CfP: Near but Far: ‘Holocaust Education Revisited’
Near but Far: ‘Holocaust Education Revisited’, Interdisciplinary Conference at Ludwig Maximilian University of Munich (February 22-24, 2018)
The conference “Near but Far: ‘Holocaust Education Revisited’” is designed for people involved in educating students or the public about the crimes of the National Socialists and the reception of these crimes, as well as those who are in other ways connected to ‘Holocaust Education’. The title of the conference suggests a paradox. ‘Holocaust Education’ is ‘near’ because the fates of the victims of Nazi crimes are still important to people today. A strong emotional and intellectual engagement shapes ‘Holocaust Education’. ‘Far’ hints that due to the temporal distance to National Socialism, every new generation has to learn how to deal with the historical reality and its impact in their own way. Due to society’s constant change and to the historical-political discussions, Holocaust and Nazi crimes have to be continually discussed. To do this, we resort to existing concepts of ‘Holocaust Education’. These include a large variety of didactical approaches that take into consideration the different persecuted groups (including but not limited to the suffering of the Jewish victims). The term ‘Revisited’ emphasizes the necessity to re-evaluate our own point of view and the opportunity to critically recognize national and international discussions.
Researchers of all levels of qualification and of different disciplines, as well as teachers and teaching assistants are invited to discuss the following topics in an interdisciplinary and international research context:
- Mediality: Digitalization has changed the technological possibilities of depicting history. For example, buildings that have been demolished a long time ago can be brought into the digital presence and visualized through ‘augmented reality’. In the future we will be able to use archived video material to create holograms of witnesses, making them addressable for posterity. Which pedagogical and subject-didactical consequences do these possibilities have?
- Facts and fiction: The Holocaust and National Socialism continue to be topics that are not only passed on as historical facts. Therefore artistic creations have special importance in this area. Some fictionalized depictions are useful for Holocaust Education and make new dimensions of reflection accessible. How can we design sustainable and media-conscious Holocaust Education?
- Places of education: For decades adolescents have been visiting memorial sites for the victims of the Nazi regime. These visits happen in different institutional contexts. Society’s current changes are a challenge for schools, memorial sites, documentation centers and museums. The place of remembrance obtains a new job as a place of memorial education that illustrates raw and reconstructed history. What does the respective place teach the visitors? Which chances for the learning processes arise from that?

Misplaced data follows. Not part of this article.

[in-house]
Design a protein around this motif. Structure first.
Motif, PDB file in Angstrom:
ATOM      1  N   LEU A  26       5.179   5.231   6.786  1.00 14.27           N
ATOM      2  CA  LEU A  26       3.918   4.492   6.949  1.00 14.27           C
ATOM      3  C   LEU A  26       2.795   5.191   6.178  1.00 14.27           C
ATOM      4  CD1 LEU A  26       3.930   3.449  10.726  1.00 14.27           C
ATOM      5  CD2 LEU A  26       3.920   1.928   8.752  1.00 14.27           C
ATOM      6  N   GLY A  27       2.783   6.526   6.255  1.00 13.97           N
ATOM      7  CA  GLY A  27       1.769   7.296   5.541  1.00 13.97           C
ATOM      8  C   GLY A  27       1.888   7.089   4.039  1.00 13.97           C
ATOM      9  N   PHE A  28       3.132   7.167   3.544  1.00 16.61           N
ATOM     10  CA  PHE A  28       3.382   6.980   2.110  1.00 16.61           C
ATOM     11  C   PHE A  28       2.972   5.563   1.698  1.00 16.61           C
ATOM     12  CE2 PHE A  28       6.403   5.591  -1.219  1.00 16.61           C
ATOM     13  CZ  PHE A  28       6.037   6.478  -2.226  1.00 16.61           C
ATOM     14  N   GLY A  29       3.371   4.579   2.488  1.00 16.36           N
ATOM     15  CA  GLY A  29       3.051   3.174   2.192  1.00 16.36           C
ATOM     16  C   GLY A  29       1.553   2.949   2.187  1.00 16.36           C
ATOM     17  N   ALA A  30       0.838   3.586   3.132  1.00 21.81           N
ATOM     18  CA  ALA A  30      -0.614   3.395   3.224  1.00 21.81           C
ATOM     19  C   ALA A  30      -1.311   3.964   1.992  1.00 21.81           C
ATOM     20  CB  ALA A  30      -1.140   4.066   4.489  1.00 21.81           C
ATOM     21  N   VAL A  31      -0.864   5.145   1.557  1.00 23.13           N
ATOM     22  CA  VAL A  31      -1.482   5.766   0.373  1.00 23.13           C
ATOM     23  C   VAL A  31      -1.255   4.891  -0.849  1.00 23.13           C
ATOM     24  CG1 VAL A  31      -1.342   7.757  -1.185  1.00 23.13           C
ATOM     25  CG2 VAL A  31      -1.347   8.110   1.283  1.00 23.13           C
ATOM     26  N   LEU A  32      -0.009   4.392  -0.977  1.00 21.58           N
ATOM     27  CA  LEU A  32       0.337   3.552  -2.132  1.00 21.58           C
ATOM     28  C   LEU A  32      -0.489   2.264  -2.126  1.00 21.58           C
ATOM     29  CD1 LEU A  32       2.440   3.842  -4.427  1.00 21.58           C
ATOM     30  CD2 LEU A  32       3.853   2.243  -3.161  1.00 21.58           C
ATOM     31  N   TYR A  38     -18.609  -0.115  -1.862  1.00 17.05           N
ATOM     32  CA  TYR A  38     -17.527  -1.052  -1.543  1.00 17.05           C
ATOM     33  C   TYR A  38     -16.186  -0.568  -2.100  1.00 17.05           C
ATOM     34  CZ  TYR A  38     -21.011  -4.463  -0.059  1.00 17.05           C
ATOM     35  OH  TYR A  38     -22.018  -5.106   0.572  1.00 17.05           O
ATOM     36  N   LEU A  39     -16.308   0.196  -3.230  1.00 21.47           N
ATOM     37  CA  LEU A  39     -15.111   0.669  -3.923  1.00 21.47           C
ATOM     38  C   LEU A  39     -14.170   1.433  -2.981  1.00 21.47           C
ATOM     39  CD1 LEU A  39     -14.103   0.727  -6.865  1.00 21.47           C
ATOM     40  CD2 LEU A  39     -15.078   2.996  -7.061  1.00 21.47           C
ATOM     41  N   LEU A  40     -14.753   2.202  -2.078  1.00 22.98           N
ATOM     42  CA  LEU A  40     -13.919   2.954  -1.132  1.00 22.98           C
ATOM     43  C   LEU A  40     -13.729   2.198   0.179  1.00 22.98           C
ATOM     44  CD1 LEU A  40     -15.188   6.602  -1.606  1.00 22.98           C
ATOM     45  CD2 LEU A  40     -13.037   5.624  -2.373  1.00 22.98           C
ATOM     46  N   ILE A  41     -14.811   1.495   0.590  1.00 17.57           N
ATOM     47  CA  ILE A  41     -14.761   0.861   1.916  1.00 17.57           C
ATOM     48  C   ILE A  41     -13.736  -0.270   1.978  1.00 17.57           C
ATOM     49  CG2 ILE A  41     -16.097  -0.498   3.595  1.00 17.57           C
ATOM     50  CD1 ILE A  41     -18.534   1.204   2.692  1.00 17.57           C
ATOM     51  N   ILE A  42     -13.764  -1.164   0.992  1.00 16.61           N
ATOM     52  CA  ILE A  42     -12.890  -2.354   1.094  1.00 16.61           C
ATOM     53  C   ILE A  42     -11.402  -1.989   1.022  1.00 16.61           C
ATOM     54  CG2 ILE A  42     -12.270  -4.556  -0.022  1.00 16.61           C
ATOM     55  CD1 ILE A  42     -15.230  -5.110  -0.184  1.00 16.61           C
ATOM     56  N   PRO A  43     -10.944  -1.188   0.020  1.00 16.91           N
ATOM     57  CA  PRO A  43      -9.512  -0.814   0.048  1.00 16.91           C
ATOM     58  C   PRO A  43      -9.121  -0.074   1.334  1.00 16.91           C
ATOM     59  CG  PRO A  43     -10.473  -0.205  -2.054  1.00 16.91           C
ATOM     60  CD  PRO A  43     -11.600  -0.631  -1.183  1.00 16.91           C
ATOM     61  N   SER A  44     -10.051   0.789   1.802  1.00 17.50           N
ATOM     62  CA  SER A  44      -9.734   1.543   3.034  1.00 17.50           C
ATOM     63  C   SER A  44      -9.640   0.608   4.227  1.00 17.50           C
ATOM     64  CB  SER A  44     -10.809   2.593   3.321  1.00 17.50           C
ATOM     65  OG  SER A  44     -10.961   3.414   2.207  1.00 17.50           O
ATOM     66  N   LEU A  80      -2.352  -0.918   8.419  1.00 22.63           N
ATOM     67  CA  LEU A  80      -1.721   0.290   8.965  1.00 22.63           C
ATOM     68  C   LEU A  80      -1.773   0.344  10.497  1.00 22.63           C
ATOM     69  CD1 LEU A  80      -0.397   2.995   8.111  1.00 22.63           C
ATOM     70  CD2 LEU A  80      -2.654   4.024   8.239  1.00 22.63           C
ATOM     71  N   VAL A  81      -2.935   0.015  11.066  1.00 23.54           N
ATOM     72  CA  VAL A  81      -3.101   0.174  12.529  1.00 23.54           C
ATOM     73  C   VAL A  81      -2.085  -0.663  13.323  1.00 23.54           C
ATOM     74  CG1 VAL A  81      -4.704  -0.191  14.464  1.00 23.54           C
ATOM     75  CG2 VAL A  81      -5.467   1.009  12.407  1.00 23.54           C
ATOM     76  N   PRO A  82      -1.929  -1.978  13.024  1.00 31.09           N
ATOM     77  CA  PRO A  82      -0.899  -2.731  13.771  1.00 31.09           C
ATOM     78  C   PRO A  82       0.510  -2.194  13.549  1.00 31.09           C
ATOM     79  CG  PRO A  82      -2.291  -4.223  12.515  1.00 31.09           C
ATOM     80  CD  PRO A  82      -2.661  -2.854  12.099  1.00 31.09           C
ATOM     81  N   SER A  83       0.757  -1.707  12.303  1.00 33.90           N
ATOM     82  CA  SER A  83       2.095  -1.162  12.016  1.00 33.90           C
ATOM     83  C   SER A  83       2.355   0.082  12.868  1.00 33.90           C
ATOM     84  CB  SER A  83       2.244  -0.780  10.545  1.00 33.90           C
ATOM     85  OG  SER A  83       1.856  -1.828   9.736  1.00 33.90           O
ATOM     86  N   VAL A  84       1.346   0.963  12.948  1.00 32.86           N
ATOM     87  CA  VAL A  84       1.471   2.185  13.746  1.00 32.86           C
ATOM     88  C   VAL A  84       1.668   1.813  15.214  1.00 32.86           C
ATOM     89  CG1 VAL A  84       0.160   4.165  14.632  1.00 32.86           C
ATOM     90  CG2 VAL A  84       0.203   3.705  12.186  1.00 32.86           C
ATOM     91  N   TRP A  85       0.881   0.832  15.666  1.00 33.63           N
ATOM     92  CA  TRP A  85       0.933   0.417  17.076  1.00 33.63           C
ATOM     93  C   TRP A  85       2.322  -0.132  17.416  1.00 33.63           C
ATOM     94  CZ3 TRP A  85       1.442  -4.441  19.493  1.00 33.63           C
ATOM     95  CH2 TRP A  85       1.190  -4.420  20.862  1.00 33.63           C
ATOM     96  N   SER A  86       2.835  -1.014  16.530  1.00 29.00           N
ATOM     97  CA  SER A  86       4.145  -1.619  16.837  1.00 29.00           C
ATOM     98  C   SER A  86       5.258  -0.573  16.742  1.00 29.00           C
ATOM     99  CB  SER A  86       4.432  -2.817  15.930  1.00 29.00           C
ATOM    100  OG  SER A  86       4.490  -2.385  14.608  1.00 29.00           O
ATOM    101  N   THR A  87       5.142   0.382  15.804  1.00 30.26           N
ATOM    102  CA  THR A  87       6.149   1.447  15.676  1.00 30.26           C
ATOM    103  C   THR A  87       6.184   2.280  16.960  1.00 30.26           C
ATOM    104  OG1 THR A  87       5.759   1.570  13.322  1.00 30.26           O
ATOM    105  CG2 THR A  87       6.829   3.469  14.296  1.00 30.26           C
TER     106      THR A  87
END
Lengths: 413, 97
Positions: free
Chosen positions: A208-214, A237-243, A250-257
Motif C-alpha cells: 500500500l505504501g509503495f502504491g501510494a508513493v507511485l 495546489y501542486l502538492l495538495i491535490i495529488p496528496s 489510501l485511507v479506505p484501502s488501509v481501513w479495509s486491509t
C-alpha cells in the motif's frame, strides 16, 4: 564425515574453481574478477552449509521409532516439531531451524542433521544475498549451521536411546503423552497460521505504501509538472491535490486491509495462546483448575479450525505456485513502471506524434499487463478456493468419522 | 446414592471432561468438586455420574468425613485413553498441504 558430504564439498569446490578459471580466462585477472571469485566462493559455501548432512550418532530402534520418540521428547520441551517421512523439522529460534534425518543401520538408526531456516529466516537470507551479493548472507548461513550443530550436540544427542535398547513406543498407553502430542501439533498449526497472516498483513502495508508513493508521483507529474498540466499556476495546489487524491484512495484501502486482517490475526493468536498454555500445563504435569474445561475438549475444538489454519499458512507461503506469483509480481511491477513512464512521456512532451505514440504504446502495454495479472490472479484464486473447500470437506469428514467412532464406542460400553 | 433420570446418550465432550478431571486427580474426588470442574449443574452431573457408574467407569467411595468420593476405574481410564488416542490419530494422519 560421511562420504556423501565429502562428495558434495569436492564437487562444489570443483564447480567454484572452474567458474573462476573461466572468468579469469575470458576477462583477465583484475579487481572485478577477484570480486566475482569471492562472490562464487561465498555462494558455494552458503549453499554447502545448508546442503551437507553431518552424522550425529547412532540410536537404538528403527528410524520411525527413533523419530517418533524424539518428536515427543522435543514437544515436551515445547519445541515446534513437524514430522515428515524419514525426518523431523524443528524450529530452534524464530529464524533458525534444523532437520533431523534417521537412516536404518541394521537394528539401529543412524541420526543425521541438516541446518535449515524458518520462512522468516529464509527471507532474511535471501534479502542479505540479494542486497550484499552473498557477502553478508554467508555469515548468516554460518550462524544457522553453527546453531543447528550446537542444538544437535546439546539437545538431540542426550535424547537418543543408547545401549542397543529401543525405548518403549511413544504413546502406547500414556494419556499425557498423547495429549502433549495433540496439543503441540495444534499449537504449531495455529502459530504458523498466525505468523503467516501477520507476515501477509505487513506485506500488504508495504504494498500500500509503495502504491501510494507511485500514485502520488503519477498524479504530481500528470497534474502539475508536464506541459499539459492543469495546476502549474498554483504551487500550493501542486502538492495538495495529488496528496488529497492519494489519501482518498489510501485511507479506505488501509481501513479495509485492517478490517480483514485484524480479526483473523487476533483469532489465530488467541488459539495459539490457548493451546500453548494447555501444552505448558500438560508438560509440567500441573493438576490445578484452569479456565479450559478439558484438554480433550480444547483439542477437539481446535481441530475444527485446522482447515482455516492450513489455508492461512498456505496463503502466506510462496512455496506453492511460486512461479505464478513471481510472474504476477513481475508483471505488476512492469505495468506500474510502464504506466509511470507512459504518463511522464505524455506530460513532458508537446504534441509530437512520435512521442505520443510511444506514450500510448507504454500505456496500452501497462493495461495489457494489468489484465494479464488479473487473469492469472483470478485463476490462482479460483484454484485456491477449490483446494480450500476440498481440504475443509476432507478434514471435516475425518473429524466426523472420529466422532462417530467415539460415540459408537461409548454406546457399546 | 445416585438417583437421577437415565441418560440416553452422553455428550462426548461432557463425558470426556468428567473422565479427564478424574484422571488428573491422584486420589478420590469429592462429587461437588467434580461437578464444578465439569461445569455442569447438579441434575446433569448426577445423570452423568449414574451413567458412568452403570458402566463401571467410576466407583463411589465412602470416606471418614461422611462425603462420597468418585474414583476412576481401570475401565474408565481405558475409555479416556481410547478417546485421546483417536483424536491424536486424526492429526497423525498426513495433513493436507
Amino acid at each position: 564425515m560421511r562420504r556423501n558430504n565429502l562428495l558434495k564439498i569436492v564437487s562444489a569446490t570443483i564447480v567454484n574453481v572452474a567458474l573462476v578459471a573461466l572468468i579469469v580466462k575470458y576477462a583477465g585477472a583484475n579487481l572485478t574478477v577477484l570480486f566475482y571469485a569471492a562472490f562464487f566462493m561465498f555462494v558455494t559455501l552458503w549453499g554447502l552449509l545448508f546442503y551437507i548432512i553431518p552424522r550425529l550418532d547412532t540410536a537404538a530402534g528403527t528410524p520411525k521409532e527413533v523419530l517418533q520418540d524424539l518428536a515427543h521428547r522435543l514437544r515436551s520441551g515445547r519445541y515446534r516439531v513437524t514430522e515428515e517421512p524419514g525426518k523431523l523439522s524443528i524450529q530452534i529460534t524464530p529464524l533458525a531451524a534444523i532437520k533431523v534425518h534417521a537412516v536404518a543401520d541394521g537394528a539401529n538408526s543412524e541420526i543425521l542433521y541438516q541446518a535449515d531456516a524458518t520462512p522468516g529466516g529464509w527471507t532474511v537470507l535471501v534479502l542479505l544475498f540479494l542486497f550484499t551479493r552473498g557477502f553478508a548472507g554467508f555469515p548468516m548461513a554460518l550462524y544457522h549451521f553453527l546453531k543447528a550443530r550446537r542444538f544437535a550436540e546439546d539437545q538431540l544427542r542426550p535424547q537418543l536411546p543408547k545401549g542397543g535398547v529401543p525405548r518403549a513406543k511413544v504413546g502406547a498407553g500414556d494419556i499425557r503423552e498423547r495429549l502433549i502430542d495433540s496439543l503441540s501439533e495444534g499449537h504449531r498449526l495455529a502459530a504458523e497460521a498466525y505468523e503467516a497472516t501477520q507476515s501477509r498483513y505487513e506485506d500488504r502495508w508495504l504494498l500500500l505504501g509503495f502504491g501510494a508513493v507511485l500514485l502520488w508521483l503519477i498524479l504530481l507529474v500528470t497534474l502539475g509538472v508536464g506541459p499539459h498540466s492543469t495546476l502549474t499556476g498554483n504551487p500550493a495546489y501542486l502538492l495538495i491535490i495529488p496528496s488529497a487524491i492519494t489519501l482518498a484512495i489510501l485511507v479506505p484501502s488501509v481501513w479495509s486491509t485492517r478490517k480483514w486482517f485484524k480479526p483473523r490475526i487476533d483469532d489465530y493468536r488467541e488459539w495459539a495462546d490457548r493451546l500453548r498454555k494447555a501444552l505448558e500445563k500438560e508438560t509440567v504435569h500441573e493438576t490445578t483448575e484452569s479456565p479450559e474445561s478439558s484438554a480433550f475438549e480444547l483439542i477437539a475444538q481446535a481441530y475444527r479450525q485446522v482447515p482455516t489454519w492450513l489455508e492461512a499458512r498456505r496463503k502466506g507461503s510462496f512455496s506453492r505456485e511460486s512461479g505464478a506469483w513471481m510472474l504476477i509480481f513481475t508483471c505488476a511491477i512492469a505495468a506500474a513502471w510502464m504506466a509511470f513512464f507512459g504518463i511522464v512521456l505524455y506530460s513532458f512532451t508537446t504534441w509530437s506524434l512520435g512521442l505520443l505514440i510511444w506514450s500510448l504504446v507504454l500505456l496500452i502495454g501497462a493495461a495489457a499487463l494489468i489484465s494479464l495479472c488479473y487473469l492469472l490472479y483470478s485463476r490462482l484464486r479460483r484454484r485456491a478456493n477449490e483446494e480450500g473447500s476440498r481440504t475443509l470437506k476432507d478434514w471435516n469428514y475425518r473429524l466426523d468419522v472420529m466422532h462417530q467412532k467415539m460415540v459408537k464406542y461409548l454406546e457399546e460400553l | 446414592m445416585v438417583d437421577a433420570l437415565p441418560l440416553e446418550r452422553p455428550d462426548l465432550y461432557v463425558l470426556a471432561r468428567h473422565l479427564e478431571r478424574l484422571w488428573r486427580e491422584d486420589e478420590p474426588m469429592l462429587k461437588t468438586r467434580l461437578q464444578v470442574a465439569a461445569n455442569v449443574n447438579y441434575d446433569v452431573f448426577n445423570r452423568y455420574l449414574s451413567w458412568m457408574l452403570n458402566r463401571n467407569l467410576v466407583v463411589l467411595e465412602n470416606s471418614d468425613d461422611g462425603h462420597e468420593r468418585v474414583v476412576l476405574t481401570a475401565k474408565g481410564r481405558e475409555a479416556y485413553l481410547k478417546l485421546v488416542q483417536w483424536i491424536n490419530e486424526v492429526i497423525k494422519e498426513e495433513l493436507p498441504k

- Perception, teaching and reception: The groups of people who deal with ‘Holocaust Education’ are diverse. Memorial site staff, survivors, students, youth groups, tourists, politicians, artists, descendants of the victims and other persons or groups of persons can be found wherever concentration camp victims are commemorated or where Nazi crimes are discussed and reflected about. How do these groups of people develop their position on the topic of Holocaust and Nazi crimes? How do they negotiate their understanding of ‘Holocaust Education’ among each other and among other groups of people?
- Didactics and sustainability: Didactically, the question of relevance and sustainability of ‘Holocaust Education’ arises – especially with recent political trends in mind. There are established interdisciplinary approaches that place emphasis not only on knowledge but also on empathy, experience and concrete actions. In this area, education continues to discover resources through combination of in-school and out-of-school learning. How can an appropriate and responsible way of dealing with educational offers be modeled and reflected about?
Requested information for the abstract in German or English language:
- Author, university/institution, field, email address
- Title of the contribution, attribution to the topics listed above
- Desired form of contribution: Presentation and/or poster
- Scope: 500 words max.
- Closing date: July 1, 2017
Please send your abstract to email@example.com.
Acceptation of the contribution will be decided upon by September 1, 2017.
Publication of a collection of essays after the conference is anticipated.
Participation without a contribution is possible. Please register through the website.
Languages of the conference are in German and English.
For any questions please refer to firstname.lastname@example.org.
Download the call in German and English.
Prof. Dr. Anja Ballis (German and Educational Studies, LMU Munich)
Dr. Renata Behrendt (German as a Second Language, LMU Munich)
Prof. Dr. Markus Gloe (Political Education, LMU Munich)
Prof. Dr. Katja Gorbahn (History and Educational Studies, Aarhus University)
Dr. Michael Penzold (German and Educational Studies, LMU Munich)
with support from the young academics of the project group ‘Holocaust Education Revisited’ (LMU Munich)
in cooperation with the Dachau Concentration Camp Memorial Site and the Bavarian State Authority for Political Educational Work.